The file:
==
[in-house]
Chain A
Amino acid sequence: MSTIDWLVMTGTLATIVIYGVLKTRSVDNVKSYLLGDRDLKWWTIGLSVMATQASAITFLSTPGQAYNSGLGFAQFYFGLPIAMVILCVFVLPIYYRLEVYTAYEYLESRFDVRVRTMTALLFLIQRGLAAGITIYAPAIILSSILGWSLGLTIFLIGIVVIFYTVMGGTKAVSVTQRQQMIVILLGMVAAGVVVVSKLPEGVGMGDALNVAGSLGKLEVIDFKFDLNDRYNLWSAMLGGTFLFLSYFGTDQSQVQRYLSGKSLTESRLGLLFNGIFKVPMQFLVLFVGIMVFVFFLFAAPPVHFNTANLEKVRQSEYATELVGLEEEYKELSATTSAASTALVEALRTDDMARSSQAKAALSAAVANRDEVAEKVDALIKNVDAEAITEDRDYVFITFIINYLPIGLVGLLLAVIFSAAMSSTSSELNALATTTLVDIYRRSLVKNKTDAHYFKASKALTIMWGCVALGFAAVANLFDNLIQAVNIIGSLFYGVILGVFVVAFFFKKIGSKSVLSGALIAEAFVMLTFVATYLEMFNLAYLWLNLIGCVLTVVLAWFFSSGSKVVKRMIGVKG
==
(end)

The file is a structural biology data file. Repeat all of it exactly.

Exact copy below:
[in-house]
Chain A
Amino acid sequence: MSTIDWLVMTGTLATIVIYGVLKTRSVDNVKSYLLGDRDLKWWTIGLSVMATQASAITFLSTPGQAYNSGLGFAQFYFGLPIAMVILCVFVLPIYYRLEVYTAYEYLESRFDVRVRTMTALLFLIQRGLAAGITIYAPAIILSSILGWSLGLTIFLIGIVVIFYTVMGGTKAVSVTQRQQMIVILLGMVAAGVVVVSKLPEGVGMGDALNVAGSLGKLEVIDFKFDLNDRYNLWSAMLGGTFLFLSYFGTDQSQVQRYLSGKSLTESRLGLLFNGIFKVPMQFLVLFVGIMVFVFFLFAAPPVHFNTANLEKVRQSEYATELVGLEEEYKELSATTSAASTALVEALRTDDMARSSQAKAALSAAVANRDEVAEKVDALIKNVDAEAITEDRDYVFITFIINYLPIGLVGLLLAVIFSAAMSSTSSELNALATTTLVDIYRRSLVKNKTDAHYFKASKALTIMWGCVALGFAAVANLFDNLIQAVNIIGSLFYGVILGVFVVAFFFKKIGSKSVLSGALIAEAFVMLTFVATYLEMFNLAYLWLNLIGCVLTVVLAWFFSSGSKVVKRMIGVKG